#16 - The New World by James Horner

When his Romeo and Juliet score finally saw the (illegal) light of day, some complained about how much of the score ripped off themes from New World in particular. Part of the reason I loved that R&J album was specifically because of that reason – any time I can hear something even remotely like The New World, my day is a better one. A gorgeous, sweeping, and highly romantic work that even mixes sound effects of nature and birds to a surprisingly good effect, New World is among my very favourites of Horner’s career. The “Winter Battle” cue is the only time the relaxing, beautiful atmosphere is interrupted – otherwise, this is just stellar “snuggle music” from beginning to end.

Best Cue: https://www.youtube.com/watch?v=TZ6VmiI5ylc&list=PLF58BABF8997A9930&index=1

#15 - The Fountain by Clint Mansell

An exquisite score that might be one of the three most disagreed-with in my top 20, because for some reason I still can’t quite fathom, many do not hear the genius in The Fountain. Frankly, most still don’t see it in the film, either, which was one of the highlights of my theatrical moviegoing life (never before or since have I sat through the entire end credits in a theatre; not because I was waiting for an easter egg or final scene, but because my motor controls could barely function). It’s a beautiful, ambitious, wonderfully messy flick, and Mansell’s collaboration with Aronofsky has never resulted in a better pairing. The primary themes, played out on piano, cello’s, and sometimes synths, are memorable and heart-breaking, leading towards the two finale cues that stun my ass right back into the stone age. If you’ve avoided the score because of some bad reviews (dang it Clem!), please rectify that and checker out.

Best Cue: https://www.youtube.com/watch?v=ADI7AQhj1U8&list=PL46CAACA317EB76FC&index=10

#14 - Gladiator by Hans Zimmer

One of the rare times a super popular album (of, like, any genre) hit me right in the belly immediately on first listen and never wavered from being an all-time favourite. It’s most famous for the Lisa Gerrard-led tracks like Now We Are Free (one of Zimmer’s career best) or the epic, awesome action music that sounds like it could be for a modern thriller set in Russia like The Battle and Barbarian Horde. On repeat listens, though, everything else about the music sings loudly as well; the subtle stuff co-composed by Klaus Badelt is exquisite, and the overall mix of mournful and heroism is outstanding. The “More Music” album is just about the only one of its kind I bought as a kid, and even with stupid dialogue ruining some of the cues, it’s damn great as well. Maybe too “synthy” or rebellious for some people, but I love it.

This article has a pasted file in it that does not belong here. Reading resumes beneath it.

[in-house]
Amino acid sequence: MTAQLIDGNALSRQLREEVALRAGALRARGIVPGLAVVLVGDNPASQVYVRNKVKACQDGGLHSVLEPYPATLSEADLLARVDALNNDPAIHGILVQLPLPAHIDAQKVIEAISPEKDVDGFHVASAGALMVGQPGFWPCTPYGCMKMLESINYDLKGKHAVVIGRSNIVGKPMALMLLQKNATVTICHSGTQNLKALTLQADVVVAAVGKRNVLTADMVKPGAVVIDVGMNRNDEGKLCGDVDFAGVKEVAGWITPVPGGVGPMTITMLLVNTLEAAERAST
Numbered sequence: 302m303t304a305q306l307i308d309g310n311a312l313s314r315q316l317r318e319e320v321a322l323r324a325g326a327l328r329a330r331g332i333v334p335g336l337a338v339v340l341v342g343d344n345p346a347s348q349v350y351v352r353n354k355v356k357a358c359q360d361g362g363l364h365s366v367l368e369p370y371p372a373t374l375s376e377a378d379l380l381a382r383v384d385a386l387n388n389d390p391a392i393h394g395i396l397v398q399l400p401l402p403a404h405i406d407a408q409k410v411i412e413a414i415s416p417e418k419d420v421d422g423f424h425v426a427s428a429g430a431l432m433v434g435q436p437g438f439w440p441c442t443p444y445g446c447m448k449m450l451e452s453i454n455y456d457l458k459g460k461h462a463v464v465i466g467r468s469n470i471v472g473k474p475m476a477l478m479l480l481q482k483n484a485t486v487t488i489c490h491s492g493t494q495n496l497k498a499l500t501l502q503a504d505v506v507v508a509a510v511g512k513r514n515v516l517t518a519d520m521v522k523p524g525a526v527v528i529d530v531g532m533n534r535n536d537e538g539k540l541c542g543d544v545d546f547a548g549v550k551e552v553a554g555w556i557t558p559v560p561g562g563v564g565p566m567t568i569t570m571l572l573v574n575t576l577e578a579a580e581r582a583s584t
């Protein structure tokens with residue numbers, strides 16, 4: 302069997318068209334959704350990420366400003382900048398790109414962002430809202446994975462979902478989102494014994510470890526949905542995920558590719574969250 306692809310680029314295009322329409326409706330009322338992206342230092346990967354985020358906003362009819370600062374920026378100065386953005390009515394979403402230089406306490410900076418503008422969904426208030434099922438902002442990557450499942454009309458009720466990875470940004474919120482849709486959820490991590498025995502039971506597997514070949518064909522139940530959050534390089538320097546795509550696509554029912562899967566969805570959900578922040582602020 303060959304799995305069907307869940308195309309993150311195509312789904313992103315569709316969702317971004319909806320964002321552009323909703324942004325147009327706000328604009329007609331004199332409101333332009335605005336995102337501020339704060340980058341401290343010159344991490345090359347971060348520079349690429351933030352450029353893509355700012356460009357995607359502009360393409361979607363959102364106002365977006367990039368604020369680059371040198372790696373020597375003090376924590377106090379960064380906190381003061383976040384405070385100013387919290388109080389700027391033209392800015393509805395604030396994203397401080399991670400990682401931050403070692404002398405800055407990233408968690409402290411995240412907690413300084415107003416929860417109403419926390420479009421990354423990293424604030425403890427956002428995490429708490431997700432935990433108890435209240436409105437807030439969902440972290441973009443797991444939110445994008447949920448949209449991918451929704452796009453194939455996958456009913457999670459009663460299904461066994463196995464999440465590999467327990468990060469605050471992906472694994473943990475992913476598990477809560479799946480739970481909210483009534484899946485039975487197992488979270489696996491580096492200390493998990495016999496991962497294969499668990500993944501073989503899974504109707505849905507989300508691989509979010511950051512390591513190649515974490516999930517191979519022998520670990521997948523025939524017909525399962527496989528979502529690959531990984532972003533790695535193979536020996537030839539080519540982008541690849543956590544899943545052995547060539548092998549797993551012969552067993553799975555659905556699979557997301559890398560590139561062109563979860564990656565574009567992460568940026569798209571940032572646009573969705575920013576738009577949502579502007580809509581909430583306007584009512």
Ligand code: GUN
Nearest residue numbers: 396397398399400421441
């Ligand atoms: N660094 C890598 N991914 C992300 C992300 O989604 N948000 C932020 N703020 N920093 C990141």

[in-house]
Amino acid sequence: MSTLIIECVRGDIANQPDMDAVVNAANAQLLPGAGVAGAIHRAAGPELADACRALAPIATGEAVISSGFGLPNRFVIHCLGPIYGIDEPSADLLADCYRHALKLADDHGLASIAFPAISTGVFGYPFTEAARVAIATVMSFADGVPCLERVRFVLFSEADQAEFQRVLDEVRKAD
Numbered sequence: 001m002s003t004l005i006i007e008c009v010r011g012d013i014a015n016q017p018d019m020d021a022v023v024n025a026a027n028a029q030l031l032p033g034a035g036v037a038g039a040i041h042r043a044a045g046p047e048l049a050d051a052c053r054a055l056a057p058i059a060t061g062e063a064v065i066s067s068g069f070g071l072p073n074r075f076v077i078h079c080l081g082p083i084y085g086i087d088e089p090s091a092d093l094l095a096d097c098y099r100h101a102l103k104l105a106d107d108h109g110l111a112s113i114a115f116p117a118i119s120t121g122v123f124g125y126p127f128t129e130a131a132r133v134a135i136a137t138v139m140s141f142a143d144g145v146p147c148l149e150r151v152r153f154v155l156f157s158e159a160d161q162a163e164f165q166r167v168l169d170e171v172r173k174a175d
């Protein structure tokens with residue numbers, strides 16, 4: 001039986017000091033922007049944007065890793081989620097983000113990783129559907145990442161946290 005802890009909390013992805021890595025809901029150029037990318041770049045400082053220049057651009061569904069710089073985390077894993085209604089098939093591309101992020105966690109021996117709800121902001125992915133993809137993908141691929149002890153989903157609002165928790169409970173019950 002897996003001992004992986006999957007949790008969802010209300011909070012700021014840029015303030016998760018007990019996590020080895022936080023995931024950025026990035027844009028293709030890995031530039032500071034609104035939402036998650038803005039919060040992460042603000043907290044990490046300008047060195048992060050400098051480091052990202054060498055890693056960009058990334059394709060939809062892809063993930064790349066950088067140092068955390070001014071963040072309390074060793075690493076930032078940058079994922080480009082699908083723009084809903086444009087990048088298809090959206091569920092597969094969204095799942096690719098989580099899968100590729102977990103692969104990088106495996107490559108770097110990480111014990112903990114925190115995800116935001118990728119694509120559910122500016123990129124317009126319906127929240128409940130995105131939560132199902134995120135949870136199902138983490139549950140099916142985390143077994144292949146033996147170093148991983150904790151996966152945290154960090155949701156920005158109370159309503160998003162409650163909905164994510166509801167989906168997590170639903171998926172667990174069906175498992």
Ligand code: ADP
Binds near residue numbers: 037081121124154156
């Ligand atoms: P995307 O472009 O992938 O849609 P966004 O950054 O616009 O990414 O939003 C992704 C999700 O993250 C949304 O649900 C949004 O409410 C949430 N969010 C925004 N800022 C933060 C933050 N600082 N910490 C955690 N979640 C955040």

Best Cue: https://www.youtube.com/watch?v=ghxzLw2wRis

#13 - Gigli by John Powell

First off, Edmund can suck it (love ya buddy). Second off…..WHYYYY? Why does this wonderful, beautiful, relaxing, romantic, adorable-as-all-holy-fuck score not get the credit it deserves? Surely it isn’t because of the hilariously bad movie itself, because absolutely no one here remembers it anyway, and John Powell’s name attached to the music alone should make most go “hmmm better check that sucker out”. Is it those random jazzy cues that stick out like a sore thumb? Sure, they’re not great, but they’re still kinda fun. And the rest of the music (apart from a gloriously anarchistic gospel cue in the end) is as if Tom Petty walked into your living room with a guitar and said “I’m gonna strum you some themes to make your down-there parts tingle”. The primary theme heard deliciously and repeatedly on piano and mostly acoustic guitar is goddamn great, GREAT I SAY, and honestly….that’s all. That’s all I need. If we can be happy going out on a date and only ordering an amazing salmon dish as opposed to steak tartare, then we can mother-fuckin enjoy the simple, delightful pleasures of Powell’s Gigli.

Best Cue: https://www.youtube.com/watch?v=kc_Ql-ooZqI

#12 - The Time Machine by Klaus Badelt